The Causes Of Domestic Violence
There are many theories as to the causes of domestic violence. Feminist-inspired theories look to the institution of patriarchy and argue that battering mirrors male power and control over females. Family-based theories examine the level of family conflict and the indirect lessons children learn about the relationship between violence and love. Individual-based theories attribute domestic violence to personality disorders or biomedical factors, such as head injuries or mental illness. Evolutionary theorists have suggested that male violence against females, both in primates and cross-culturally, is a strategy used to control the female's reproduction and, in humans, is often precipitated by male sexual jealousy (Daly and Wilson).
Furthermore, domestic violence researchers are exploring how race, class, religion, and culture, as well as psychological variables such as low self-esteem and abusive childhoods, affect one's experiences with violence. As a result, we are beginning to understand how the battering experience is both common and unique among abusers and victims.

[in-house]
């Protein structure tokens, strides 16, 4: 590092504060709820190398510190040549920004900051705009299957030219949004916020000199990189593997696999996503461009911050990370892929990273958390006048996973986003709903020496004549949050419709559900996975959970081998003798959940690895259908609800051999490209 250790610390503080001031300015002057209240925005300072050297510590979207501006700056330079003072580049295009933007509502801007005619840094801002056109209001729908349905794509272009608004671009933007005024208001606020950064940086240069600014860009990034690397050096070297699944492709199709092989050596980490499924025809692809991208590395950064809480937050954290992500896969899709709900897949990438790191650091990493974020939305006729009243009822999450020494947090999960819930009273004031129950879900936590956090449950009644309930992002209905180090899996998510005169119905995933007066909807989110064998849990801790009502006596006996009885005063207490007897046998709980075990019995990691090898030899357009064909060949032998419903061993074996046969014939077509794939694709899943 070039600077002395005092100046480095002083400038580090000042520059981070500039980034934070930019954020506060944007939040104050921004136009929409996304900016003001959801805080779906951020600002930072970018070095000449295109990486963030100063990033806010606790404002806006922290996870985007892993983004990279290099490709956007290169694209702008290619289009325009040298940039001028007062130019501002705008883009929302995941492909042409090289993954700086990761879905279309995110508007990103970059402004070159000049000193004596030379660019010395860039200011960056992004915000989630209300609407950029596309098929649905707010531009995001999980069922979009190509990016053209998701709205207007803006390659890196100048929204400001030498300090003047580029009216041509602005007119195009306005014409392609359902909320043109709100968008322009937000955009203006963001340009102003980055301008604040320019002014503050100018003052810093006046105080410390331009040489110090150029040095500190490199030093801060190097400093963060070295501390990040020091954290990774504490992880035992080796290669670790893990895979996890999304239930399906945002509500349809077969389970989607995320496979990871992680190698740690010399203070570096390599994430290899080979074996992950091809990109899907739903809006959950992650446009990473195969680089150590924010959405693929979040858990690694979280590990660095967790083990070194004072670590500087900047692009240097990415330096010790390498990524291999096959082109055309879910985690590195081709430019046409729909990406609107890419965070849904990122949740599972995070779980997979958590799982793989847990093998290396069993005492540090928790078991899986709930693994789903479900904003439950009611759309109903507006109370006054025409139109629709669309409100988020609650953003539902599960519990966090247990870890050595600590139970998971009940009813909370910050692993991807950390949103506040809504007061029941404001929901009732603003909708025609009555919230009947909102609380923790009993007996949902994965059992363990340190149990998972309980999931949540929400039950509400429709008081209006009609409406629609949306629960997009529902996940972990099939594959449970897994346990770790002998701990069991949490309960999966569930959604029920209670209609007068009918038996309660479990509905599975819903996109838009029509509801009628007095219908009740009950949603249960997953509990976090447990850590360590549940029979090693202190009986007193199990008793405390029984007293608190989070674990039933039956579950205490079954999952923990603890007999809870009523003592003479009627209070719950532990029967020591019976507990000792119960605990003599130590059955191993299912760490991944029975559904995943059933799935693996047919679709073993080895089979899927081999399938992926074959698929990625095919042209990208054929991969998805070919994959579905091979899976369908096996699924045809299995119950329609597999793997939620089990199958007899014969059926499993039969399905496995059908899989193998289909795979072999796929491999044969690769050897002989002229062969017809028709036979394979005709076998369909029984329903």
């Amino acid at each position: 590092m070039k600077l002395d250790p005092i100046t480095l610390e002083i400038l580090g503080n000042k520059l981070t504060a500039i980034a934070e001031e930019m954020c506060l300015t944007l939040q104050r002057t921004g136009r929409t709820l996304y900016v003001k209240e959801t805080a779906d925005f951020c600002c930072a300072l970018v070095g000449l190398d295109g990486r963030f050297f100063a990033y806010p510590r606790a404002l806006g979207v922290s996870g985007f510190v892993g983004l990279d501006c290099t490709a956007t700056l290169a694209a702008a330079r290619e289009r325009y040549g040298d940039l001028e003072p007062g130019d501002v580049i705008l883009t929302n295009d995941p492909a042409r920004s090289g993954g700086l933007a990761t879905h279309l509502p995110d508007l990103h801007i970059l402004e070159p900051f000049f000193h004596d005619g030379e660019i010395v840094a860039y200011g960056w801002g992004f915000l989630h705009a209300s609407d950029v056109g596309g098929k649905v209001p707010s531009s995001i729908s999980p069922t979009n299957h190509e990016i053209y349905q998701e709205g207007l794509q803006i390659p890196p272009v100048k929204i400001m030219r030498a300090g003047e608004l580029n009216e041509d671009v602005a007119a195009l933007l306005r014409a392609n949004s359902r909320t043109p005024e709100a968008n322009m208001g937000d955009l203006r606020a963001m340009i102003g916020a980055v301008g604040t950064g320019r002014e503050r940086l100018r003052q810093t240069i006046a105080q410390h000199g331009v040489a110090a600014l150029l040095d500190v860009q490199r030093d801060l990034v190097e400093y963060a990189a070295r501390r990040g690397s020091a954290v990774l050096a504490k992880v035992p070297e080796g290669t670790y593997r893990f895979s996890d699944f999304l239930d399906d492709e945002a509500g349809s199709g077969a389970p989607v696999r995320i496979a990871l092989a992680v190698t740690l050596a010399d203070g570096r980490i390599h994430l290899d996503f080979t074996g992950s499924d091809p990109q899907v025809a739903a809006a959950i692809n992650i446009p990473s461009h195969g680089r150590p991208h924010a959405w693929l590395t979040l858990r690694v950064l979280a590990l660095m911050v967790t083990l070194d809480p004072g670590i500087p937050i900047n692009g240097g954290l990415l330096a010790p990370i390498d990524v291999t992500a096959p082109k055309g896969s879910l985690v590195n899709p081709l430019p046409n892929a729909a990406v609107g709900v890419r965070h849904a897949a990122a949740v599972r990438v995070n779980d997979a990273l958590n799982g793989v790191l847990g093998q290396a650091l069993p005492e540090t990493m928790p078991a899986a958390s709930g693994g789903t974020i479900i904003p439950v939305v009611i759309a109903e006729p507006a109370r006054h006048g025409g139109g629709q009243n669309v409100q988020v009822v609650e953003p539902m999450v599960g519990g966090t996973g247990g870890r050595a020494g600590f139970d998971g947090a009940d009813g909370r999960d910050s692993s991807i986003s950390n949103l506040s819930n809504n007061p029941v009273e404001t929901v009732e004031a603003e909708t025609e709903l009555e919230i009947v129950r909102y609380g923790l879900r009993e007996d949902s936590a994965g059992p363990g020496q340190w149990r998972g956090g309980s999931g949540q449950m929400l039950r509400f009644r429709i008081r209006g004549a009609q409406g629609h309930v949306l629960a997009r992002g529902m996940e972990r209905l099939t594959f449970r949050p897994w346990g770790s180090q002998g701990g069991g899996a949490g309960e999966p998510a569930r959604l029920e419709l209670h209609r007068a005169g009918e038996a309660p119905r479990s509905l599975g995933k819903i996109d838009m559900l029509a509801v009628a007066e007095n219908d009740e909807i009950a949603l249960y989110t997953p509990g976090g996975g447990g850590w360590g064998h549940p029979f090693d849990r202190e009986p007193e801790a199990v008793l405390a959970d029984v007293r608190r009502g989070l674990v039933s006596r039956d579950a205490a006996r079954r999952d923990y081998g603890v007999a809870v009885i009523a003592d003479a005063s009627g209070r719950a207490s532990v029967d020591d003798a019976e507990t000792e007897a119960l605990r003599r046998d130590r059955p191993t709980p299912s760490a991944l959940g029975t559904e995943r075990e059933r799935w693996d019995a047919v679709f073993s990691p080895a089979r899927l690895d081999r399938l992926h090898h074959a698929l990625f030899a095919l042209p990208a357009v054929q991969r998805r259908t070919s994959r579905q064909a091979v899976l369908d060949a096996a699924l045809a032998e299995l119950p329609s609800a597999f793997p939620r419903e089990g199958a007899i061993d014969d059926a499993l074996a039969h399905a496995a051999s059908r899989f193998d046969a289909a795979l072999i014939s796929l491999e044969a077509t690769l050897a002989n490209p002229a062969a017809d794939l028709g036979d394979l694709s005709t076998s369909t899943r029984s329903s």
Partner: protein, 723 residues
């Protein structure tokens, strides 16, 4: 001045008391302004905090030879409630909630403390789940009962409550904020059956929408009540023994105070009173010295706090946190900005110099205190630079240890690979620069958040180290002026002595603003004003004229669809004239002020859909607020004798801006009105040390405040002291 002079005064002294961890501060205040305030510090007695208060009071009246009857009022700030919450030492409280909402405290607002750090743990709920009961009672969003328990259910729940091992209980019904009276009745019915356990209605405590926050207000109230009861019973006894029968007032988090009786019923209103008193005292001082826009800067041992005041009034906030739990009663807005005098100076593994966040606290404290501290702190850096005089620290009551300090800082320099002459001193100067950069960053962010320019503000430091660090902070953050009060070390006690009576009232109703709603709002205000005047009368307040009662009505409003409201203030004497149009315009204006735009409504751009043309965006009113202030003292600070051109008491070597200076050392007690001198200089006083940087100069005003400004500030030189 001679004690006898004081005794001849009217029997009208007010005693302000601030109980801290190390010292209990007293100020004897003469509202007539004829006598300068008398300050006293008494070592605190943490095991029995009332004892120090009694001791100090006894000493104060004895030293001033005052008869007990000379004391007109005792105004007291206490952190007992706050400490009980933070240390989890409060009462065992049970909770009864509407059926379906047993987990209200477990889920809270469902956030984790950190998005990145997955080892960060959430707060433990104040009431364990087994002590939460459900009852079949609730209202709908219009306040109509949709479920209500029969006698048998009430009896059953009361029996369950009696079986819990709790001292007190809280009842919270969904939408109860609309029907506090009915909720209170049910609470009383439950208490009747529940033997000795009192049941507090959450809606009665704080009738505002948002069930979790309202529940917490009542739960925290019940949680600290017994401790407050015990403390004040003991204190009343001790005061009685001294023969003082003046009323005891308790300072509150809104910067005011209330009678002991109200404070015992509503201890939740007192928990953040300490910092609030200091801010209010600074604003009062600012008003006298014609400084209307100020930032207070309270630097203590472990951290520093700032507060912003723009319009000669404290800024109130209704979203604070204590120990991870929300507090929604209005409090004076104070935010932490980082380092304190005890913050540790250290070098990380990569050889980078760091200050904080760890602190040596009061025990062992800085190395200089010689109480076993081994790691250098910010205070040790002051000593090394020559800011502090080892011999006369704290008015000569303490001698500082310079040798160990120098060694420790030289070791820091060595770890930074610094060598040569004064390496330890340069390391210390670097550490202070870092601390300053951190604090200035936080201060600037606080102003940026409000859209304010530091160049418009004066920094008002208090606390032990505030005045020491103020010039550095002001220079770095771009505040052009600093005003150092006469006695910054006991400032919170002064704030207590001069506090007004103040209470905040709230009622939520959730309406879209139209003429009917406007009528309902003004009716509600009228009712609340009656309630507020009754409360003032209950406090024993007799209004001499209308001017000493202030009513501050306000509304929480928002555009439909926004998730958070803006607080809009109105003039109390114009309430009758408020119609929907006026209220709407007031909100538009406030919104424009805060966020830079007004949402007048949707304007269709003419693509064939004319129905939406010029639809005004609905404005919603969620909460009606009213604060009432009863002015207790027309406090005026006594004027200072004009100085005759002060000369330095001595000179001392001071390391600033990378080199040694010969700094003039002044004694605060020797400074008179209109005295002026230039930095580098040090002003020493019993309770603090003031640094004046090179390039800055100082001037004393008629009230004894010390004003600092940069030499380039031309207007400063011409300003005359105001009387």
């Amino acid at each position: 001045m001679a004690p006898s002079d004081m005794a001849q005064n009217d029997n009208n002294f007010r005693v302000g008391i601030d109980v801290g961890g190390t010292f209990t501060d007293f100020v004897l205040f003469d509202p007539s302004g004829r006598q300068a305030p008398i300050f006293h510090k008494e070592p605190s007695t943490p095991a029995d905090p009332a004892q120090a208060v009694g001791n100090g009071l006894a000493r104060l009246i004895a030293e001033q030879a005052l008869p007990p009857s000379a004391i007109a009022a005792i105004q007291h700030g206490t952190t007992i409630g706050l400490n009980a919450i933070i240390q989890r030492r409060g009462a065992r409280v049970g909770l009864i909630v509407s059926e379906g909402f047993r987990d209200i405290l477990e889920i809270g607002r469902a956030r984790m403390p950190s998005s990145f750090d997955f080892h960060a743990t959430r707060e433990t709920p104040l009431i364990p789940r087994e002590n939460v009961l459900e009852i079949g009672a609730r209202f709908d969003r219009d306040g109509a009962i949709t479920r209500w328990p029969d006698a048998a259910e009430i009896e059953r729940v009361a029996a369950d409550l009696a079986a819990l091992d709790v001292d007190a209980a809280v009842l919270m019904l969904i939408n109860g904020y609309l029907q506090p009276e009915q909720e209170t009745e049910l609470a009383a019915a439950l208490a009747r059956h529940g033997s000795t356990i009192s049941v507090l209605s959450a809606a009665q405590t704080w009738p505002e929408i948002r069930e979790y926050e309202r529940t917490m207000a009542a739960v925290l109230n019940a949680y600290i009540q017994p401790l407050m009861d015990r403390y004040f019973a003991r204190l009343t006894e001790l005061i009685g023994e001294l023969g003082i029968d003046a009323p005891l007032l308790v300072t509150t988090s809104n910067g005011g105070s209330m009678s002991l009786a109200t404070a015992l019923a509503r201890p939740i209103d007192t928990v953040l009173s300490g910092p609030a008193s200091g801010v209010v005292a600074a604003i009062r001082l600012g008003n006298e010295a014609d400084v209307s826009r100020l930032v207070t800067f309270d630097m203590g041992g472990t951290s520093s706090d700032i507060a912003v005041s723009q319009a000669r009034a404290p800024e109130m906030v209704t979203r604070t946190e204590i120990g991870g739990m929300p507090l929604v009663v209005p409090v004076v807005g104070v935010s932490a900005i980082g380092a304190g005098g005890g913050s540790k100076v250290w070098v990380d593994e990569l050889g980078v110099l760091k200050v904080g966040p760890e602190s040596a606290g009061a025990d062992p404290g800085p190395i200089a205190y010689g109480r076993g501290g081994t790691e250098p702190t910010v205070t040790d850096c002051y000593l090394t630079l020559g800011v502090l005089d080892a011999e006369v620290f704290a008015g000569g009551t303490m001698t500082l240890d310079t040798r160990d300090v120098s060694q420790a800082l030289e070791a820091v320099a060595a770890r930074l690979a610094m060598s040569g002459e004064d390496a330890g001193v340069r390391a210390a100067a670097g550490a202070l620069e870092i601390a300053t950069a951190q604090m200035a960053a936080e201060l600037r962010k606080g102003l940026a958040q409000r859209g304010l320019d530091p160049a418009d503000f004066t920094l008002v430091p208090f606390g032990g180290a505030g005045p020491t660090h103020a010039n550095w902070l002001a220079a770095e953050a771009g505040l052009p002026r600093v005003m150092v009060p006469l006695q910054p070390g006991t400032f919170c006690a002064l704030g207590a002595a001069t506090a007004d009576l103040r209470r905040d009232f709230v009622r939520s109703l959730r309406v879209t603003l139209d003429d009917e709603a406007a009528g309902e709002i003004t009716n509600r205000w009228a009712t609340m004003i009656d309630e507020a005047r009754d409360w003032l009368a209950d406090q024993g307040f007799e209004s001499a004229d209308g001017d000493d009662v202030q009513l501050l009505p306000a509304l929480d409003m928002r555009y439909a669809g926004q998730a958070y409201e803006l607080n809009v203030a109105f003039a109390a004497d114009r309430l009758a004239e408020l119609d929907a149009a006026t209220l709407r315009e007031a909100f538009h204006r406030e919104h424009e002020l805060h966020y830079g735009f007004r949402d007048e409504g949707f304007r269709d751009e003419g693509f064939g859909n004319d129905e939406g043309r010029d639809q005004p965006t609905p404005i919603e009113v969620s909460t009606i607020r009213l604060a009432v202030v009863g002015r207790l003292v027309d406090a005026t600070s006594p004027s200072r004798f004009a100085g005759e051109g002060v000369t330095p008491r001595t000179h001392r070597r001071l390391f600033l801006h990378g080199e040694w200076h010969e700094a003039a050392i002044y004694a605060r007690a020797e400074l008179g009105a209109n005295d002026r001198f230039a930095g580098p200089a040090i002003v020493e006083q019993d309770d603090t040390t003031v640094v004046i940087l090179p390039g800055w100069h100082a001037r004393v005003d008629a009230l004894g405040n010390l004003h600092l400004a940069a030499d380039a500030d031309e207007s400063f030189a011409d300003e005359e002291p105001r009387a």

No single causal model can explain why people hurt those they claim to love. As research becomes more interdisciplinary, and policies are driven as much by empirical data as by politics, theories will have to account for the complicated interplay of biological, social, economic, cultural, and individual factors that lead to domestic violence.
- Domestic Violence - Federal Approaches To Domestic Violence
- Domestic Violence - Who Are The Abusers? Who Are The Victims?
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